Brett Simpson sent through this Crossfire scenario pitting the Imperial Japanese Army (IJA) against the Australian Imperial Force (AIF). Like all Brett’s scenarios it is small – a company level game that fits on Brett’s kitchen table, which is roughly 3′ x 5′, using 20mm figures.
I’m looking for more small Crossfire Scenarios so I wondered how the “Scenarios for all Ages” of Charles Grant and Stuart Asquith would transfer to Crossfire. The scenarios were “intended to provide a mixture of fun, excitement and challenge.” Sounds good to me and I could say the same for Crossfire, so it seems like a good match. However it does take a certain amount of tweaking to get the scenarios to work for Crossfire. And make them “small”. This post is about those tweaks.
This is Anders Christian Böss’s Crossfire scenario “The Pontville Bridge / Race for the Last Bridge”. It is 6 June 1944 and a German force is defending against US paratroopers and ground troops. This scenario is one level of organisation lower than normal Crossfire, so a stand is a fire team not a squad; so, although it might not look it, that means this is a pretty big scenario by Crossfire standards. All words and photos by Anders.
Immediately following our successful experiment on Ambush scenarios for the Portuguese Colonial War, Jamie Wish and I tried another type of scenario. The goal of our second game was to defend a water party, which is an idea from FNG of Two Hour Wargames. Of course, our version of the scenario was for Crossfire and my Fogo Cruzado variant.
As a scenario design experiment, this one failed in a pretty spectacular fashion. But maybe I’m biased because Jamie won, and very quickly. 😉 Anyway, the good news is that we learnt a few things.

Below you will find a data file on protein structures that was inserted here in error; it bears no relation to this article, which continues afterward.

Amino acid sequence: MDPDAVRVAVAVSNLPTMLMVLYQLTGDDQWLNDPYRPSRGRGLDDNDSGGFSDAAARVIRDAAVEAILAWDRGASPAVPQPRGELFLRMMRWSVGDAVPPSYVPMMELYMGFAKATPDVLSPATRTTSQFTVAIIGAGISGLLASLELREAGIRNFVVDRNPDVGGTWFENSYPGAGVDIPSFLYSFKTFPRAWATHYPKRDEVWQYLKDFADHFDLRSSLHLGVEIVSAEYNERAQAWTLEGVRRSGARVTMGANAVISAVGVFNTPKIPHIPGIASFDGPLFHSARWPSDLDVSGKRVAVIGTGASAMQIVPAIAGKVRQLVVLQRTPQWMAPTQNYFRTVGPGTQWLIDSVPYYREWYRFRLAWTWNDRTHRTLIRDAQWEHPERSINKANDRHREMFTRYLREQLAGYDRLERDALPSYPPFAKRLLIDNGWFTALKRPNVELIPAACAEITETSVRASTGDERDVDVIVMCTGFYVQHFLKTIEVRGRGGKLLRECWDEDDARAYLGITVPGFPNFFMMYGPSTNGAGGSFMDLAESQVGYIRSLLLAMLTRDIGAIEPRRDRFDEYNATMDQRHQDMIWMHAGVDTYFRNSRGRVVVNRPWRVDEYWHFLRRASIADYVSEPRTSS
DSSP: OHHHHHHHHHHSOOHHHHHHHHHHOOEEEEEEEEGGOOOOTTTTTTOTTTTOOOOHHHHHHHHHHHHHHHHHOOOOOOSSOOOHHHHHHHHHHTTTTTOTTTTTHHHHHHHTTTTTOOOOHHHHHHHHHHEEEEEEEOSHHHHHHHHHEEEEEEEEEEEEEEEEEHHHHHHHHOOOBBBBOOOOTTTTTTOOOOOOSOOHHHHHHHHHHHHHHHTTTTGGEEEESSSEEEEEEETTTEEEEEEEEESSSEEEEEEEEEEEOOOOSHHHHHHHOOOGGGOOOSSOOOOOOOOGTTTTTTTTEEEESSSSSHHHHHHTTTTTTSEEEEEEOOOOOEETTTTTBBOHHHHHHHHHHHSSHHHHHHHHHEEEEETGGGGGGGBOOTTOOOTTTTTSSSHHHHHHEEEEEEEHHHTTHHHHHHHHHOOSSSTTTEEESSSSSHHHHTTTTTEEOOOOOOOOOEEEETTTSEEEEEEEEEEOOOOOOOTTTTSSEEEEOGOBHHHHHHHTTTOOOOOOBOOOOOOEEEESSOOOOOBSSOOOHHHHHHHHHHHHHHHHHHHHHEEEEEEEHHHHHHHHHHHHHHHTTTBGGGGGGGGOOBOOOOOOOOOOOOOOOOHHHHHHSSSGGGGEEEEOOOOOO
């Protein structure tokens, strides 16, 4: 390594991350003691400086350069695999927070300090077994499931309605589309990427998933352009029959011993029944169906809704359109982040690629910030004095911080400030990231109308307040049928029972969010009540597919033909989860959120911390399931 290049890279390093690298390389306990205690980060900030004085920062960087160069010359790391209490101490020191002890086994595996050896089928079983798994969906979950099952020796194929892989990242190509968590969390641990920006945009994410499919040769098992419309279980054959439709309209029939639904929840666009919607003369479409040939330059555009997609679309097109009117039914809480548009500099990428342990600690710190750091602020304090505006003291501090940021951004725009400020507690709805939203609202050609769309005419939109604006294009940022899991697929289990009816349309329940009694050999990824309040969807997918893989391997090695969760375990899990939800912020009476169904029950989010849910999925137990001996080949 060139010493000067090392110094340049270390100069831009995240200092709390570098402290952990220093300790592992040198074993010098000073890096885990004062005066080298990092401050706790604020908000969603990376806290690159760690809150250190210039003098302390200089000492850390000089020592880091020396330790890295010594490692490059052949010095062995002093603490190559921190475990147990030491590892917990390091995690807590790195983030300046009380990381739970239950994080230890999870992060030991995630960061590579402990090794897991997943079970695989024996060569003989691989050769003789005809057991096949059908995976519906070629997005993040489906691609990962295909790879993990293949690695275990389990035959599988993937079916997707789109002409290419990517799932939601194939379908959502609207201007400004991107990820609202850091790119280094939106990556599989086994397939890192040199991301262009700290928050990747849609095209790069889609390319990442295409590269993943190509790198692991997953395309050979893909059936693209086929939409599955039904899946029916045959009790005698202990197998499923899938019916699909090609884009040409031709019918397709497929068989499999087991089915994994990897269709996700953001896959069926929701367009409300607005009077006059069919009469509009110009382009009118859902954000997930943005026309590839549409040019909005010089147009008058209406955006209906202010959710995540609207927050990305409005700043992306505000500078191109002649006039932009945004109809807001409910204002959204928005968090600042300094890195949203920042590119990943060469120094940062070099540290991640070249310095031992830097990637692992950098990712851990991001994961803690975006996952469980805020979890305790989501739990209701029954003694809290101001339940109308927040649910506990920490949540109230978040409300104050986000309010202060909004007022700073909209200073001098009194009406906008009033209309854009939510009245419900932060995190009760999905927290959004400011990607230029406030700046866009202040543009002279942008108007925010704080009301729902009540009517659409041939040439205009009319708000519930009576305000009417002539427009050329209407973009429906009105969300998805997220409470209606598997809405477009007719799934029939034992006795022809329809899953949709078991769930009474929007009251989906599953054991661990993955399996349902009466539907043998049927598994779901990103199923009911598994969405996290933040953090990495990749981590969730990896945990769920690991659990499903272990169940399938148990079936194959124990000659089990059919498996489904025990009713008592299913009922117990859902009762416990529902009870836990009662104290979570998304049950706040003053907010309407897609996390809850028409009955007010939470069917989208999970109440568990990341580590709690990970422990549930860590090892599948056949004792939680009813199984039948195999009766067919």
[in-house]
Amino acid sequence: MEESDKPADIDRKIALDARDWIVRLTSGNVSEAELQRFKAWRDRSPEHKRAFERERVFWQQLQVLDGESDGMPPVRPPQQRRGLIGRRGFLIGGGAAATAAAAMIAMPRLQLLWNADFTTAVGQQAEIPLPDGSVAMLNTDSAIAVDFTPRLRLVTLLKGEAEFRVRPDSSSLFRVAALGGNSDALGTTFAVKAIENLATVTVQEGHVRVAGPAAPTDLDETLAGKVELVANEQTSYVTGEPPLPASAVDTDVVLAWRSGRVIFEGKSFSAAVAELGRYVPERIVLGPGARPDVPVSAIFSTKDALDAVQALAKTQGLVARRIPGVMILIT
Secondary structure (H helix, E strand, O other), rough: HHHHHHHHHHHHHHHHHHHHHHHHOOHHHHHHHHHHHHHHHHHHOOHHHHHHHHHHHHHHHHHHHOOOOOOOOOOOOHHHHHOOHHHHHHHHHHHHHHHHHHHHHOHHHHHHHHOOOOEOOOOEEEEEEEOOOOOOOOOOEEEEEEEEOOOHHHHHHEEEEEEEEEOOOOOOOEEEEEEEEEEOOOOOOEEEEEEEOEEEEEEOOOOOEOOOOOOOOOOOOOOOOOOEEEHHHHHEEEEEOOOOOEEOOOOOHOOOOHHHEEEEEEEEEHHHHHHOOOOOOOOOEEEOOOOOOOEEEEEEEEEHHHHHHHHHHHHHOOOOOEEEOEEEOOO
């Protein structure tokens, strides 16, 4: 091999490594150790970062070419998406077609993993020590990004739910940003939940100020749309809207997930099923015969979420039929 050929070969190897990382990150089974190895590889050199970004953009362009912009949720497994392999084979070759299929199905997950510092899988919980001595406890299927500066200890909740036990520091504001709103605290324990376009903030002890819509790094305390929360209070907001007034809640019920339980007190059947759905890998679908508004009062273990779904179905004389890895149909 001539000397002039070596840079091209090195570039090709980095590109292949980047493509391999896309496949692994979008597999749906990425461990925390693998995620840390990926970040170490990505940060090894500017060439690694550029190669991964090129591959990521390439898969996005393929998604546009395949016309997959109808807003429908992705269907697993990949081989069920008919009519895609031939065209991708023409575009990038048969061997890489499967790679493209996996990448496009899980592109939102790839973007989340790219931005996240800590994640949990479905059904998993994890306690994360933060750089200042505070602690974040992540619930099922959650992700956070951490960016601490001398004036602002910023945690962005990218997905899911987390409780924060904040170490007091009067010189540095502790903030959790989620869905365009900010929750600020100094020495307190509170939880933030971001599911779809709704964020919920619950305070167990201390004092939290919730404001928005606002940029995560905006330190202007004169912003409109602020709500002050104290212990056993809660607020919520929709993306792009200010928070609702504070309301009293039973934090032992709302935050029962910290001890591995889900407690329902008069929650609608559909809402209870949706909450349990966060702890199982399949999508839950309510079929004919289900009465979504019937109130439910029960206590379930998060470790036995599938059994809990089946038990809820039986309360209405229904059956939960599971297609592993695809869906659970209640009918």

I’m in the process of writing a solo campaign for Portuguese Colonial War called “African Tour”. This process has been dragging on for years. Instead of sitting with my computer imagining what might make a good game, I decided to experiment with some of my ideas. So I invited Jamie Wish over, we got out my (previously unused) figures and tried an ambush scenario for Crossfire and my Fogo Cruzado variant.
Despite the scenario design misgivings I had before we started, it was actually a pretty good game. Exciting and novel.
Jamie Wish and I had a play test of Crossfire Missions v2. Mac’s automatically generated Crossfire Missions provided another great game of Crossfire. In what turned out to be a fighting withdrawal, I managed to blunt the attack of Jamie’s Germans and withdraw the majority of my Soviet force.
If anybody wants to try a nice little scenario with a reinforced company a side, you could try refighting this game. I’ve included the orders of battle with victory conditions of each side to enable you to do this.
I’ve been talking to Barrie Lovell about the Eye of the Tiger Crossfire Scenario. Barrie made a few changes to the scenario. Well, a lot of changes. He increased the forces involved and created a table based on satellite imagery of the outskirts of Tuckums, which includes a factory estate and a railway line and station.
I have turned Barrie’s description of his game into a Crossfire Scenario, including a map for a 6’x6′ table, so others can give it a try. I then went further and (1) added some new special rules and (2) provided a set of alternative maps, mainly so people with a 6’x4′ table can play the game.
“Jungle Hell – The Battle of LZ Tusk and Hill 731” is a scenario in which the US 173rd Airborne meet the NVA 174th Regiment. Barrie Lovell wrote it for Incoming! / Vietnam and published it on the Grunt! website around 2000. As Grunt! has disappeared I have republished it here. All words and images are Barrie’s.
Brett Simpson ran a Crossfire mini-campaign over a weekend. Four games were played in total: two Meeting Engagements and Two Bridgeheads. Saturday’s scenario was a Meeting Engagement with the objective of taking the rail hotel (Provincial Beige Building). Sunday used the same table layout, but switched to a Bridgehead. This simulates a counter-attack by whichever force lost on Saturday. There were four games because the players swapped side on each day. Brett wrote up two of the games.
The Battle of Long Tan is one of the most famous battles of the Vietnam War, fought by Australian infantry against overwhelming odds. This is a Incoming! scenario by Matt Spooner and published on the new deceased Grunt! website, probably around 2000. Because Grunt! has disappeared I thought I’d republish the scenario here for the benefit of the Crossfire community. All words are Matt’s.